Steve Pope Barbel Fishing

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Winter. Tales of the Little River by Lee Fletcher

A cold dawn breaks and a freezing mist covers the land surrounding the river.  Long gone are the lazy days of summer and the golden days of autumn remain a distant memory. All along the river bank now, trees stand starkly with their grey branches white sleeved with snow. The tinder dry grasses and reed stems below glisten with a flawless coating of hoar frost.  A kingfisher flies up river streaking by in a display of cobalt blue turning sharply to alight on a dead willow wand overhanging the river. 

 This is one of the birds many hunting perches as he endeavours to find breakfast on such a cold day.  Below in the river the swirling current creases and boils down towards a raft of flotsam caught up in the overhanging branches of an old willow tree.  Beneath the surface of the river here, the willow roots sprawl out like octopuses tentacles wafting gently in the cold current. Below these in a deep bowl hewn out of the riverbed by the current, chub and barbel nestle closely together lying torpid with the cold flowing water going past over their heads.

These fish will not venture out from their lie to feed now as they are in semi-hibernation living off fat stores gathered in late summer and autumn when the pickings were rich.  Amid the cold river grayling and brown trout are perhaps the only species on the move that can be tempted to feed if the angler employs maggots or a juicy fat worm. Such baits trotted down under a float will often produce a bite if grayling and trout are present especially in weir pools or other stretches of fairly fast water.      

Out in the hedgerows surrounding the river flocks of redwings chatter amongst the thick hawthorns.  The ripe hawthorn berries are all but gone now due to the many species of birds having feasted upon them in the few weeks prior to Christmas.  Seeds from grasses and plants are also in short supply, so the seed eating birds will survive on meagre rations until the thaw comes to melt the snow. 

 The wren always an ever busy bird can be seen working the riverside thickets and brambles for food in a series of skips and flutters close to the ground.  Normally her diet consists of insects of all kinds, caterpillars, insect larvae and spiders but in these snowy conditions she will have to work extra hard.  Come dusk she will join others of her kind as wrens roost communally huddled together in tight clusters during very cold weather. To keep warm out of the nesting season or in periods of cold weather members of the tit family also roost communally at old nesting sites in hollow trees or holes in old walls, its how these small birds survive the sub zero temperatures.  I often see blue tits begin to arrive at particular holes in tree trunks one by one disappearing inside or watch a line of perhaps 10-15 wrens play follow my leader at dusk hopping in line through a hawthorn thicket to eventually settle and huddle together.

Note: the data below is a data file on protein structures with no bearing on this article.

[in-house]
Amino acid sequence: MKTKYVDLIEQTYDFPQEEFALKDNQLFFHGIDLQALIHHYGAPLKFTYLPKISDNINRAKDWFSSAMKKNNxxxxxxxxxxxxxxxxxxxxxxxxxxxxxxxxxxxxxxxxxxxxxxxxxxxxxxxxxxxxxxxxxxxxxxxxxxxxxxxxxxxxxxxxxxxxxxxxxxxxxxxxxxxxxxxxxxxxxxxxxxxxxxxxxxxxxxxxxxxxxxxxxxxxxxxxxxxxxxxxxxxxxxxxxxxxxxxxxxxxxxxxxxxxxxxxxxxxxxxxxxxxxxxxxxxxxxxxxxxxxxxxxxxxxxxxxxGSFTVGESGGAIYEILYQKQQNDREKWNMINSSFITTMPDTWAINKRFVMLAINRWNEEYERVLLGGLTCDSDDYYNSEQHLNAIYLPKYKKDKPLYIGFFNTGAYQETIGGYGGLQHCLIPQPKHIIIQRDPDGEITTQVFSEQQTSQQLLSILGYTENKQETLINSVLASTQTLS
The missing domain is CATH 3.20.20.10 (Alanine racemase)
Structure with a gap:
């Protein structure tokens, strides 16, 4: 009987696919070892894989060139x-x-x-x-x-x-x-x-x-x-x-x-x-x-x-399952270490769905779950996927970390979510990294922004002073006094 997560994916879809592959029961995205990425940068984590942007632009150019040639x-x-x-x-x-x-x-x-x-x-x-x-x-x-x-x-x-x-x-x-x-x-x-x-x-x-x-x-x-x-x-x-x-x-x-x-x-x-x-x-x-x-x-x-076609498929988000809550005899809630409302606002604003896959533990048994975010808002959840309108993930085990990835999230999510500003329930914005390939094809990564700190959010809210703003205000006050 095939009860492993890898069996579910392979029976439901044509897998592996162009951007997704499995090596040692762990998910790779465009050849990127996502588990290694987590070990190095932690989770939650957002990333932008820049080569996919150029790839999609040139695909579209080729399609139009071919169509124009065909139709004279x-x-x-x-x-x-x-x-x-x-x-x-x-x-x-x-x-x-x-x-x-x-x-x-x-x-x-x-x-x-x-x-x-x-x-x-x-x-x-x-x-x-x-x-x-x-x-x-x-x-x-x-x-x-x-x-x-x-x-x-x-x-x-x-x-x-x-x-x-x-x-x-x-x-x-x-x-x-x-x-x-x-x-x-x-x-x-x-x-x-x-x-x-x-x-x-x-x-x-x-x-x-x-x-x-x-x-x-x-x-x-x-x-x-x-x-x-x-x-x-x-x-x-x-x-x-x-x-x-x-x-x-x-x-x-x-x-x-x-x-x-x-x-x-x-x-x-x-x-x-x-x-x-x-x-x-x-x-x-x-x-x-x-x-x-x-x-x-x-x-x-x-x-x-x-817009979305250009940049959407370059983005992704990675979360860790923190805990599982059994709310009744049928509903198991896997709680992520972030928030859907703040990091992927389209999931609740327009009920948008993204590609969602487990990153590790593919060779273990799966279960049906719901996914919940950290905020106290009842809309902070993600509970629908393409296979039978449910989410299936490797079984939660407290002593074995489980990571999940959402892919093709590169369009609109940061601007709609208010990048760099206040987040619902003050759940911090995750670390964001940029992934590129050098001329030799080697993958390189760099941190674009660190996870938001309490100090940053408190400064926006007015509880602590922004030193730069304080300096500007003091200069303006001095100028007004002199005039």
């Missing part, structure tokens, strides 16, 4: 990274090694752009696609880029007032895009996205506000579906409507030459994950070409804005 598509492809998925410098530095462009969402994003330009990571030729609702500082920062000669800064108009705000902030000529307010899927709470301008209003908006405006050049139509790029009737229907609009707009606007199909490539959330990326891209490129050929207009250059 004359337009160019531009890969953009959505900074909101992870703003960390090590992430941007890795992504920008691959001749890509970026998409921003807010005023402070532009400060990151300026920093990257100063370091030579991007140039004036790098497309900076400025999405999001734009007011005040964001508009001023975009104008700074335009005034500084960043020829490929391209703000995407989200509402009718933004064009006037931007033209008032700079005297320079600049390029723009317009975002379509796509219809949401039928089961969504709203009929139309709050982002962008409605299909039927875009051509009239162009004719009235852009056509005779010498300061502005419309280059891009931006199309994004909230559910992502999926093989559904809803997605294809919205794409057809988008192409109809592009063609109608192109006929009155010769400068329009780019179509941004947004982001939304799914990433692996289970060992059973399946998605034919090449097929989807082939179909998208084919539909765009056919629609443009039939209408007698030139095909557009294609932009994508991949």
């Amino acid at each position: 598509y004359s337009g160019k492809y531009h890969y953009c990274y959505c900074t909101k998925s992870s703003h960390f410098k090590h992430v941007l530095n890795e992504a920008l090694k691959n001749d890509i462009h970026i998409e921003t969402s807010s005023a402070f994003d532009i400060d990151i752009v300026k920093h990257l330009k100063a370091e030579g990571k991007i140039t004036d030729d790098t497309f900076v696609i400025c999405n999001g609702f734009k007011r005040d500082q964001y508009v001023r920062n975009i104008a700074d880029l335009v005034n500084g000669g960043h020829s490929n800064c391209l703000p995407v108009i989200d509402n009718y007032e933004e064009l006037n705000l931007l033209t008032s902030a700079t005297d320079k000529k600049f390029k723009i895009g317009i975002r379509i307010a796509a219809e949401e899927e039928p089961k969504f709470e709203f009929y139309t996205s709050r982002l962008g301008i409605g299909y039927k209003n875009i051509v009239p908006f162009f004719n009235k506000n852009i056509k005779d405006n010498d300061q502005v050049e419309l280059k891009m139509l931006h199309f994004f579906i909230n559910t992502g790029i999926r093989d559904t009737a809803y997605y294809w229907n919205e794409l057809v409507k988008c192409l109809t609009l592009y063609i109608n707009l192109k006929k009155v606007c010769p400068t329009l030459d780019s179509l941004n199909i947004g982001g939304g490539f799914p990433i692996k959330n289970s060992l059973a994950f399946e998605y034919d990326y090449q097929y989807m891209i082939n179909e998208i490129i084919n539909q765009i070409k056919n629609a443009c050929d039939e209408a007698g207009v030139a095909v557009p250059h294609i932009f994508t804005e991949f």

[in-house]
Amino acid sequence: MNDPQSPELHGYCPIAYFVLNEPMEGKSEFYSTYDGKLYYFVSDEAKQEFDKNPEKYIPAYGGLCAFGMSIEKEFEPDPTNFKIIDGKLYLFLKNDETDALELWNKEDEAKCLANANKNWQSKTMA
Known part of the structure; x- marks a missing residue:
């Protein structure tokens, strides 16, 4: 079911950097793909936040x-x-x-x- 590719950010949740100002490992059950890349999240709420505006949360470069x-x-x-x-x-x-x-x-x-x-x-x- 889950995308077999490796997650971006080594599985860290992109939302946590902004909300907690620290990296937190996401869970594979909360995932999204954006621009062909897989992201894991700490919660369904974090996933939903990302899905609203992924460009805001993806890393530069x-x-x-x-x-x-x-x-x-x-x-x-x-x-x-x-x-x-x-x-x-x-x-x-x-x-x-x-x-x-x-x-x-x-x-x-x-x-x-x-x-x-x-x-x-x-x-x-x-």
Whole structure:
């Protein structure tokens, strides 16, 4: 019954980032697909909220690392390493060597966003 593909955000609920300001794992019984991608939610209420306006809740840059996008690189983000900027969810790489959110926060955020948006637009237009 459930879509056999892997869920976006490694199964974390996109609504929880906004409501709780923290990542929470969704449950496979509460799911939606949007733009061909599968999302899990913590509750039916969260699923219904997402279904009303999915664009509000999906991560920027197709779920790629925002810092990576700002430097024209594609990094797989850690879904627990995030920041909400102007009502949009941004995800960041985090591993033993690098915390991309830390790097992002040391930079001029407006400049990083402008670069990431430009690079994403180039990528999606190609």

Out in the snow covered field, four hares amble together looking clumsy with their long hind legs and shorter front legs going from patch to patch where the snow is thinnest and crops poke through.  Having spent half the previous cold night in thick grassy nests or “forms” as country folk call them, the warmer temperature as the morning sun comes up encourages them out to graze on whatever they can find. 

In the same field, a covey of partridges is also on the move slowly working in a close formation amongst exposed patches of vegetation.  Partridges feed on caterpillars and insects of all kinds but also eat the seeds of weeds or any green shoots and grasses.  These ground living birds are also communal roosters so when dusk falls the whole covey roosts together on the ground in a tight circle.  Roosting sites vary given prevailing weather conditions but each roosting site is known to the birds as the various roosting sites have been used explicitly by successive generations of the same covey for hundreds of years!  But during these snowy conditions during daylight hours members of the partridge covey face great danger, because in these bright white conditions the birds lose the protection of their camouflaged plumage.  Now each feeding bird amongst the covey is highlighted against the snow like targets, and a quarter of a mile away perched high in a beech tree sharp eyes have spotted them.  A sparrow hawk!